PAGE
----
Although IRS officials have said the agency is working on rules to govern digital currencies, it has still not answered basic questions, such as when receiving and using digital currencies trigger gains and losses, and what informationreporting requirements apply, Olson said in her annual report to Congress, released January 9.
The report notes that the use of digital currencies is growing. In July 2013 there were 1,708 Bitcoin transactions per hour, and the market value of Bitcoin was $1.1 billion; five months later, in December, there were 3,048 transactions per hour, and the market value was $12.6 billion, according to the report.
The lack of guidance on digital currencies has left taxpayers confused, and the regulatory void has been filled with conflicting, misleading, and incorrect information, the report says.
"It is the government's responsibility to inform the public about the rules they are required to follow," the report says. "The lack of clear answers to basic questions such as when and how taxpayers should report gains and losses on digital currency transactions probably encourages tax avoidance."
The report says the questions that need to be addressed include whether digital currencies are property that would produce capital gains or losses upon being spent, or a nonfunctional currency that would produce ordinary income or loss under the code; whether digital currencies held in a foreign account should be reported on a foreign bank account report; whether the receipt of digital currencies in excess of $10,000 would have to be reported on Form 8300, "Report of Cash Payments Over $10,000 Received in a Trade or Business"; and whether digital currency transactions would need to be reported under section 6050W payment card and third-party network rules.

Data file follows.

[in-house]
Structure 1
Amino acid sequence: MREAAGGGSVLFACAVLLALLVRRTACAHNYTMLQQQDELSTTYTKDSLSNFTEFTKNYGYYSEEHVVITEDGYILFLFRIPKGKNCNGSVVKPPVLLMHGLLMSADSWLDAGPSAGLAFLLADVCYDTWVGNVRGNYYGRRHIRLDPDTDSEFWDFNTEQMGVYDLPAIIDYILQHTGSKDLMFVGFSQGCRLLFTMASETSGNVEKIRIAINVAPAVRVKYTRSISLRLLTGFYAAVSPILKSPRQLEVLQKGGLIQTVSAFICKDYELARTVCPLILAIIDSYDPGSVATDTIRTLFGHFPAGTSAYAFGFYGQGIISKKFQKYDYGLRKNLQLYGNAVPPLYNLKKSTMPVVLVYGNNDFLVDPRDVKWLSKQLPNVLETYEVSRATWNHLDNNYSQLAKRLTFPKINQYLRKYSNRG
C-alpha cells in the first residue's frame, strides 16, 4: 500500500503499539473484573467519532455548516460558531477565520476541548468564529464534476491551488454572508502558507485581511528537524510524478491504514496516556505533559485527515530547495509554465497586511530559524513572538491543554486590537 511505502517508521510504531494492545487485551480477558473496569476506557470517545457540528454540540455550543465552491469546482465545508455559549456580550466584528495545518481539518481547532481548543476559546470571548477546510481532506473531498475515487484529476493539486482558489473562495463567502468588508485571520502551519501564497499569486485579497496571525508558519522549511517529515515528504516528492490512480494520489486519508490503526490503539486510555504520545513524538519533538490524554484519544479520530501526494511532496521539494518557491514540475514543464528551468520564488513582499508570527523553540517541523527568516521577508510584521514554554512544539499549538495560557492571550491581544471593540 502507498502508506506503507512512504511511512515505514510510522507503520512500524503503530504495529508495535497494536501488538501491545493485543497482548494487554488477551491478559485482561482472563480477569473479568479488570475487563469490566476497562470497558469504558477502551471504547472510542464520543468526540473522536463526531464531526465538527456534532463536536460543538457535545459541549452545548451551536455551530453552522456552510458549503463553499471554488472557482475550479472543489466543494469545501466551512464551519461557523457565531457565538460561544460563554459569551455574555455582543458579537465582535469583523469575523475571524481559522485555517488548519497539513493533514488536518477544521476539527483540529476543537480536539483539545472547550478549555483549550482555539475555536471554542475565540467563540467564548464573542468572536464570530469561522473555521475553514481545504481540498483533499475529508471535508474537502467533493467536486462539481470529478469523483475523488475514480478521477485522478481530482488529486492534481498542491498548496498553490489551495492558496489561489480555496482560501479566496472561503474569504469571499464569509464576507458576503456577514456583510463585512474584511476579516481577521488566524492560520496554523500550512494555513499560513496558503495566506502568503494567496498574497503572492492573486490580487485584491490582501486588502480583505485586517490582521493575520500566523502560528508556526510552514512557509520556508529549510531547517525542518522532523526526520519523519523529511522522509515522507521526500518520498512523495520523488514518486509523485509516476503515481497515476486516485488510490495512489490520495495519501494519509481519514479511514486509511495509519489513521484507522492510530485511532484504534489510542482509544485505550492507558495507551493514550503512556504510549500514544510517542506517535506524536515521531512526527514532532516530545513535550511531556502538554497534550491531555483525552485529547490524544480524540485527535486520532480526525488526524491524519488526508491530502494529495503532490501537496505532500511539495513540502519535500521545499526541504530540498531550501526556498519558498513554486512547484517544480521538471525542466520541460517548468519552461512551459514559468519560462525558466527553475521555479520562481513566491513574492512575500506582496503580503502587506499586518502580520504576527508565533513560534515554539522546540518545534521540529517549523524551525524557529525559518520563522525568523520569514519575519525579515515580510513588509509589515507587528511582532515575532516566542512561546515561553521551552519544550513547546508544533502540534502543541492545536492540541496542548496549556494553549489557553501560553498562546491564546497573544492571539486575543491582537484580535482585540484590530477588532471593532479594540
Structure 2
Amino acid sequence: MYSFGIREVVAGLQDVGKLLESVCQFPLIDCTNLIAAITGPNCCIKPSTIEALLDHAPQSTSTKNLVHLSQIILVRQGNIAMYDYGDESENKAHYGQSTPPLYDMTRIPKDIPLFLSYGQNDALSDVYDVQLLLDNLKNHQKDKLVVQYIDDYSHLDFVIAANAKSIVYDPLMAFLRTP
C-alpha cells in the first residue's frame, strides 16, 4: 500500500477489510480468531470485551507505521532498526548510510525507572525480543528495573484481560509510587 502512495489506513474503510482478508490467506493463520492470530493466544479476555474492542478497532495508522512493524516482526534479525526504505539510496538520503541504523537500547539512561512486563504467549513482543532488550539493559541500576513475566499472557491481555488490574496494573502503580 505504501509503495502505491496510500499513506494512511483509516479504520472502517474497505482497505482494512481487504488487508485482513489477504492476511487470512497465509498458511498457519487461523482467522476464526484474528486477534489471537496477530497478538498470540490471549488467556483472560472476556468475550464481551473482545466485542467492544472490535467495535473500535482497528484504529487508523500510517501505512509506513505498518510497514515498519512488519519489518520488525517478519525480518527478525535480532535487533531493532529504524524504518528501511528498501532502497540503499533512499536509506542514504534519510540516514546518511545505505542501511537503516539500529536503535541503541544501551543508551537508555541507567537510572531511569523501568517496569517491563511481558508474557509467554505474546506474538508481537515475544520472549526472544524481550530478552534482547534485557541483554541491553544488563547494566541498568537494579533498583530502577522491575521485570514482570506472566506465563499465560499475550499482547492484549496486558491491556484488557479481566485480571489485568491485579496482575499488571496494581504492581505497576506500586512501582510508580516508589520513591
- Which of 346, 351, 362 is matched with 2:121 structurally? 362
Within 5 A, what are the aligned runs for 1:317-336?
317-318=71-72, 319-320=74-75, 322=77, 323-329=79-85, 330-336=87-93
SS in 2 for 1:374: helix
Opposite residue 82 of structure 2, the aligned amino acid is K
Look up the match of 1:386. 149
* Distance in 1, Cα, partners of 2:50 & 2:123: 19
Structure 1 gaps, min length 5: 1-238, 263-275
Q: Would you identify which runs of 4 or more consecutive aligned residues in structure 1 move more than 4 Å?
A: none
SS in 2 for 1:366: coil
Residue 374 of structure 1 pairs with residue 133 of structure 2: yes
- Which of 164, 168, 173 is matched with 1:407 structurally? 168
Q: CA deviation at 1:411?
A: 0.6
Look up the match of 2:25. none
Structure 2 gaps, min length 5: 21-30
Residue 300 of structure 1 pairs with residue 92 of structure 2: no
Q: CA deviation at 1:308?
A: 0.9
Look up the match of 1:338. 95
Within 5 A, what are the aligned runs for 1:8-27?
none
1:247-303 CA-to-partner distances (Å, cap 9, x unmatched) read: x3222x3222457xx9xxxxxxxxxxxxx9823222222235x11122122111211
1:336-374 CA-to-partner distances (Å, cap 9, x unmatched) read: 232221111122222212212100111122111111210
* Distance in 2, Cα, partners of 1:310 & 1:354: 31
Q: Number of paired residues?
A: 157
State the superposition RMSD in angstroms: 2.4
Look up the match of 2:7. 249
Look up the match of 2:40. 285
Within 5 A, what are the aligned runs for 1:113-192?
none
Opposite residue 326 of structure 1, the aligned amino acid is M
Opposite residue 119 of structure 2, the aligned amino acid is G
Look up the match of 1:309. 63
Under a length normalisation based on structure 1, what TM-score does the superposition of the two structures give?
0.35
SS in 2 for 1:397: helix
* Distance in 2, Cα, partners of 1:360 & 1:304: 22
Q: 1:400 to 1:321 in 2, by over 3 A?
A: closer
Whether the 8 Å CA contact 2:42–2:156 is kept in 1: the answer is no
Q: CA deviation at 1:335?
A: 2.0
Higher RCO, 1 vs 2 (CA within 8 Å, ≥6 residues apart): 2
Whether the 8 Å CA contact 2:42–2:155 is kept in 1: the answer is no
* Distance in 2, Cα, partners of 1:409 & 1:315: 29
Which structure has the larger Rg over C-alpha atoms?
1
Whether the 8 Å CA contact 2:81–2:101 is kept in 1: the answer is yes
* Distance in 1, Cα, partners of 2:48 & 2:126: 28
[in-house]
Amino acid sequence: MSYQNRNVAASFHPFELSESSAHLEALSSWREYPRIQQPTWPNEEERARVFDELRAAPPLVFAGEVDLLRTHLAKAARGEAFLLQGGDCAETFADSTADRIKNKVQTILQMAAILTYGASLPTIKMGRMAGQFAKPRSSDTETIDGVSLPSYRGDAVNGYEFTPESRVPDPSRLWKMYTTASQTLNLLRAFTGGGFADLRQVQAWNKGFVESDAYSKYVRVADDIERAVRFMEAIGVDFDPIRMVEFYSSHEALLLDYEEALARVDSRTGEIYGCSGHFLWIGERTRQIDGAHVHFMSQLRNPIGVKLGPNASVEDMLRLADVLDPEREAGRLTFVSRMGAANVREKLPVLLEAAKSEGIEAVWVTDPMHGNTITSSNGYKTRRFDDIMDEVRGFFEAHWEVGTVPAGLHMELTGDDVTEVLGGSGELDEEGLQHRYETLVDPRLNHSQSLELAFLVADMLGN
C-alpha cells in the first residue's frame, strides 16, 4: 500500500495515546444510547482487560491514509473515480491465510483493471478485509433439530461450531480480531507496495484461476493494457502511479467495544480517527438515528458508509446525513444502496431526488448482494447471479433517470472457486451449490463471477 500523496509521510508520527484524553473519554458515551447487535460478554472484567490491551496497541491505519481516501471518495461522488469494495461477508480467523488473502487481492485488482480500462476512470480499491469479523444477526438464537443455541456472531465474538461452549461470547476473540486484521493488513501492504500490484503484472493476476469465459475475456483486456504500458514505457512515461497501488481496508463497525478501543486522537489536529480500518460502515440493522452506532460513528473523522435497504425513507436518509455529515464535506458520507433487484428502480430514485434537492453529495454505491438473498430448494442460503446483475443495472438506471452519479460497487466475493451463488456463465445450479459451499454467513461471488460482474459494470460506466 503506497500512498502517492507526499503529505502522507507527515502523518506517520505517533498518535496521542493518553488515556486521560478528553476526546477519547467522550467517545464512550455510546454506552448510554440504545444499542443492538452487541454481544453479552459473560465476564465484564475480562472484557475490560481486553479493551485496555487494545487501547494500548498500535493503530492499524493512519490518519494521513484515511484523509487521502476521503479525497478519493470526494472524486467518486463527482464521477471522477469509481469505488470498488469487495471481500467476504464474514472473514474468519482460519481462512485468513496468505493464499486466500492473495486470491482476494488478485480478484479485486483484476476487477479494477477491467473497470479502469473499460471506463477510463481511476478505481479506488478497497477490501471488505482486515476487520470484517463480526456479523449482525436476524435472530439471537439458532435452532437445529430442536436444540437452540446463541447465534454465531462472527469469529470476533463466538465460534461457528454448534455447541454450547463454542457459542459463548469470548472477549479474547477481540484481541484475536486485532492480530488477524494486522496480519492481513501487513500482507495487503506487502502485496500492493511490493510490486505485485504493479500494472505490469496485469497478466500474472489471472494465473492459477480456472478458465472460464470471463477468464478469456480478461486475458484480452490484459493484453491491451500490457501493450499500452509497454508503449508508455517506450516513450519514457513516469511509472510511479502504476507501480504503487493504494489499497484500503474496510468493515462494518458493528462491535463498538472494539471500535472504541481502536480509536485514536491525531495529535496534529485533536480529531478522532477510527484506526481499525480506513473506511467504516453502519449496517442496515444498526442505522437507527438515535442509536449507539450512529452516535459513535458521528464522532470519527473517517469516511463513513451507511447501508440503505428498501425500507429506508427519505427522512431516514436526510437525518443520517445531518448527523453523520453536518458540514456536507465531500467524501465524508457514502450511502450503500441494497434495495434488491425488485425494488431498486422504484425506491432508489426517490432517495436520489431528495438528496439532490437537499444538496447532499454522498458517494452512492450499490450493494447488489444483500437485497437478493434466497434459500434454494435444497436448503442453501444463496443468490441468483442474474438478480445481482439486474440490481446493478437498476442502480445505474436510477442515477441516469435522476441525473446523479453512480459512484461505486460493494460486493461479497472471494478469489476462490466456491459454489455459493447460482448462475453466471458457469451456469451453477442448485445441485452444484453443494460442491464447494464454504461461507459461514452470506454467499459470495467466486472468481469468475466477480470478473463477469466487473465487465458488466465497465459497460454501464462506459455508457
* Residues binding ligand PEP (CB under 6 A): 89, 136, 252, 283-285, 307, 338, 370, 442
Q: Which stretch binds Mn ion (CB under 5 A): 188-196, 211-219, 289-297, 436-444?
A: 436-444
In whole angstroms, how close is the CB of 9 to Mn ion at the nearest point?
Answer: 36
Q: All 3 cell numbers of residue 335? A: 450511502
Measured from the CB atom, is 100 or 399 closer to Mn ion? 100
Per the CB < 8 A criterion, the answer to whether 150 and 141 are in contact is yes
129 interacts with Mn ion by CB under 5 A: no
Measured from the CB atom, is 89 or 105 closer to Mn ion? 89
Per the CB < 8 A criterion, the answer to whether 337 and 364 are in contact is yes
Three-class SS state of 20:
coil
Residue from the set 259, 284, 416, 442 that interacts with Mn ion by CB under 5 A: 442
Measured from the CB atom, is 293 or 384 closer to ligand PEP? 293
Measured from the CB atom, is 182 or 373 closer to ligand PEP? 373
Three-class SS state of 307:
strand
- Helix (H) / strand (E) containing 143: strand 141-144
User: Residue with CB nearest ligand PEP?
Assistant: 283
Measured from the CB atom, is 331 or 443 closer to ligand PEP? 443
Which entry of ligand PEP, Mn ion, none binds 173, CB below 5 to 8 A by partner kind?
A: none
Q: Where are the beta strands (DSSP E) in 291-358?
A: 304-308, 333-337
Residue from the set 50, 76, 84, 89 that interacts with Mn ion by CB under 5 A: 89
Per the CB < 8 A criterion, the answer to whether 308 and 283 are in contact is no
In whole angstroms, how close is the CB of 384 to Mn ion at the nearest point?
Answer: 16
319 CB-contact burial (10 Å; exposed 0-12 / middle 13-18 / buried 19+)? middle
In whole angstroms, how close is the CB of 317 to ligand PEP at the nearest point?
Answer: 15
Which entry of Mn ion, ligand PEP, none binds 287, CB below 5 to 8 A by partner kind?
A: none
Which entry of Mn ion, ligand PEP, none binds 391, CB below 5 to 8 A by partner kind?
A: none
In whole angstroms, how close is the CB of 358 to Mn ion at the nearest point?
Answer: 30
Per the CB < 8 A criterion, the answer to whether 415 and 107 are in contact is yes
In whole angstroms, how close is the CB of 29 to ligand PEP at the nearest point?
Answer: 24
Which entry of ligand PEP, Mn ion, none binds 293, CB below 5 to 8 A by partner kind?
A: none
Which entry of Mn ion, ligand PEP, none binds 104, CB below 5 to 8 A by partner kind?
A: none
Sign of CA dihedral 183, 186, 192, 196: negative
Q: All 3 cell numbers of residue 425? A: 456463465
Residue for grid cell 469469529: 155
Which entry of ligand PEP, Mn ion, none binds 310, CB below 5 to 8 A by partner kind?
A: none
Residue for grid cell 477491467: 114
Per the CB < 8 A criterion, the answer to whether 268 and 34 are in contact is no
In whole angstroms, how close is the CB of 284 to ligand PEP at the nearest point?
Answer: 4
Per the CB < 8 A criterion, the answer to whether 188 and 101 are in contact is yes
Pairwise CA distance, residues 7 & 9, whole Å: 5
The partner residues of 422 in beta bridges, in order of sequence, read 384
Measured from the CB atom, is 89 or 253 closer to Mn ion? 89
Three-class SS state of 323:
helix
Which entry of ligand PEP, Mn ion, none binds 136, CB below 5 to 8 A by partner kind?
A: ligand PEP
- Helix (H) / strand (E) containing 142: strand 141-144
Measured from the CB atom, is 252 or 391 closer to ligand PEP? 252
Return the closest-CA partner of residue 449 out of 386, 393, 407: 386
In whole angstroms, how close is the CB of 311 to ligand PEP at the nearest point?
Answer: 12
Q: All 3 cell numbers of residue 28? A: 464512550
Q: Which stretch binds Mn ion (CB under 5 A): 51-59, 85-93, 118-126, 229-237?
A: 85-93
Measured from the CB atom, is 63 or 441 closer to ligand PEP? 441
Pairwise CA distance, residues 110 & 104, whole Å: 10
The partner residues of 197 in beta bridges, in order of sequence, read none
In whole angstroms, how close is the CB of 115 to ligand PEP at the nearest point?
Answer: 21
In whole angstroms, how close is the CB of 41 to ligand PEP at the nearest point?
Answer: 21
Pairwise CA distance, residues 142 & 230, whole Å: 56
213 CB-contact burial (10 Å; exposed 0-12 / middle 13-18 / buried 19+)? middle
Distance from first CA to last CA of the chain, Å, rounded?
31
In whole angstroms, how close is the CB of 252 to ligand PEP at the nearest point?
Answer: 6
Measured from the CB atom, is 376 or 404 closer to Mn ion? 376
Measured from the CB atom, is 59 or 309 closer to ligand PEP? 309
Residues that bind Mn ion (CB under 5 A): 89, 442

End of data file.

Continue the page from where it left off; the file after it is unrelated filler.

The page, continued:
An IRS spokesman said in a statement that the agency is "aware of the potential tax compliance risks posed by virtual currencies." The statement referred to a page on the IRS website outlining guidance on understanding how transactions in virtual worlds may have potential tax consequences and said that the IRS "continues to study virtual currencies and intends to provide some guidance on the tax consequences of virtual currency transactions."
The Taxpayer Advocate Service report says that the guidance on transactions in virtual worlds is inadequate and does not explain when digital currency transactions are "sufficiently analogous to the transactions described in the guidance to be covered by existing rules."
Marco Santori, chair of the Bitcoin Foundation's regulatory affairs committee, told Tax Analysts that guidance on virtual currencies is absolutely necessary.
"I think that most people who use Bitcoin, excepting the crypto-anarchists, would say that taxpayer guidance is critical for increasing adoption by businesses and individuals," Santori said.
Because of the lack of guidance, accountants, lawyers, and others have been doing their best to interpret how existing guidance should apply to digital currencies, but "nobody knows who's right," he said, adding, "One gets the sense that one's feeling around in the dark."
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